Corruption Close to Home

State and Local Government Buildings (clockwise from top right: MA Statehouse, Gorham NH Townhall, NY City Hall, NJ Statehouse)

Most of our discussions with others about politics center on what is going on at the National level.  What goes on at that level is certainly a source of valid concerns.  But there are problems at the lower levels as well.  I once heard someone say “If you think there is corruption in Congress, you would be shocked to find out what is going on in the State Legislature”.  I agree wholeheartedly with this statement.

Most political positions in the United States are at the State and Local level.  The vast majority of these positions are part time, with very little monetary compensation in return for the time and effort it takes to run for office and then work in that office if elected.  On the other hand, the power and authority invested in these “part time” and “volunteer” positions, is quite extensive.  They have the power to tax, the power to spend, and the power to regulate.  All of this makes for VERY fertile ground on which corruption can spread.

Most of the corruption at the State and Local levels involves Real Estate.  This is due to the power of elected officials from the Legislature to Town Councils to drastically effect the value of land and property.

There seem to be two common forms of Real Estate corruption.  The first is to buy land that is zoned for one purpose (say “light industrial”), and then get those in local power to rezone it (say to “multi-family housing”).  The zoning of land, meaning what the owner is allowed to build on it, has a dramatic influence on the value of that property.   In this example, I could potentially buy a “light industrial” lot for say $500K, get it rezoned so that I could build an apartment complex on it (rezoned to “multi-family housing” ), and suddenly the lot could be worth $2 Million. I don’t even have to build the apartment complex; I could just sell the land to someone else who wants to do that.  In doing so, I just made $1.5 Million.  All I had to do was convince some politician friend to make the zoning change.  And what do you think influences this low level politician to do that?  All too often the answer is simply “corruption”.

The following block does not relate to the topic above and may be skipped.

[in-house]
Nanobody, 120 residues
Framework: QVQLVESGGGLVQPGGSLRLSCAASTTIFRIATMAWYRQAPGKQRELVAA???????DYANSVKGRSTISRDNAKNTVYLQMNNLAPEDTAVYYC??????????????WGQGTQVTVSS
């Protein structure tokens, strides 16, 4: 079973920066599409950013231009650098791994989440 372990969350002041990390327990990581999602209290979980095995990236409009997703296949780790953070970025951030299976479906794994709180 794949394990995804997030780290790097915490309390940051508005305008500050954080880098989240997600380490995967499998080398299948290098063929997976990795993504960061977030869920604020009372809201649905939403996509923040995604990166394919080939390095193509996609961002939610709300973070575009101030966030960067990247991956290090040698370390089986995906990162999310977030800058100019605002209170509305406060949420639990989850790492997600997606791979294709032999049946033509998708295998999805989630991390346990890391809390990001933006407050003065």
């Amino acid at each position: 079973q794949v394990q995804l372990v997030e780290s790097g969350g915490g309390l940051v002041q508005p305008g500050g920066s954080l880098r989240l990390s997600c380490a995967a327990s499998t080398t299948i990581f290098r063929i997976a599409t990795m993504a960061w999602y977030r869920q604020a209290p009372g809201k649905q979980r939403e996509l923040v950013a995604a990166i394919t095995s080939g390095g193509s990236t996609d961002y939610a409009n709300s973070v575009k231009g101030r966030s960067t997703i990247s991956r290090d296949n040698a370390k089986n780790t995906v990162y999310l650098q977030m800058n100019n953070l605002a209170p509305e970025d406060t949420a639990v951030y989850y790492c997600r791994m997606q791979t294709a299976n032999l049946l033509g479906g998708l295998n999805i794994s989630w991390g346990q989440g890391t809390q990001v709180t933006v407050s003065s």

The other common form of Real Estate corruption is to buy land out in the boondocks, where there is little to no infrastructure (few roads, few utilities, no sewers).  Then use tax funds whose expenditure you are responsible for to build improvements and provide infrastructure out to that land.  The land is now worth a lot more, as it now has attributes and access it did not have before.  In this case, I could buy some land out in the countryside for say $100K.  Then I use my “influence” with the town council to have streets and sewer lines expanded out to my property.  Then I sell it for $250K, more than doubling the value of my investment.  Again, the mechanism for raising the property value is “corruption”.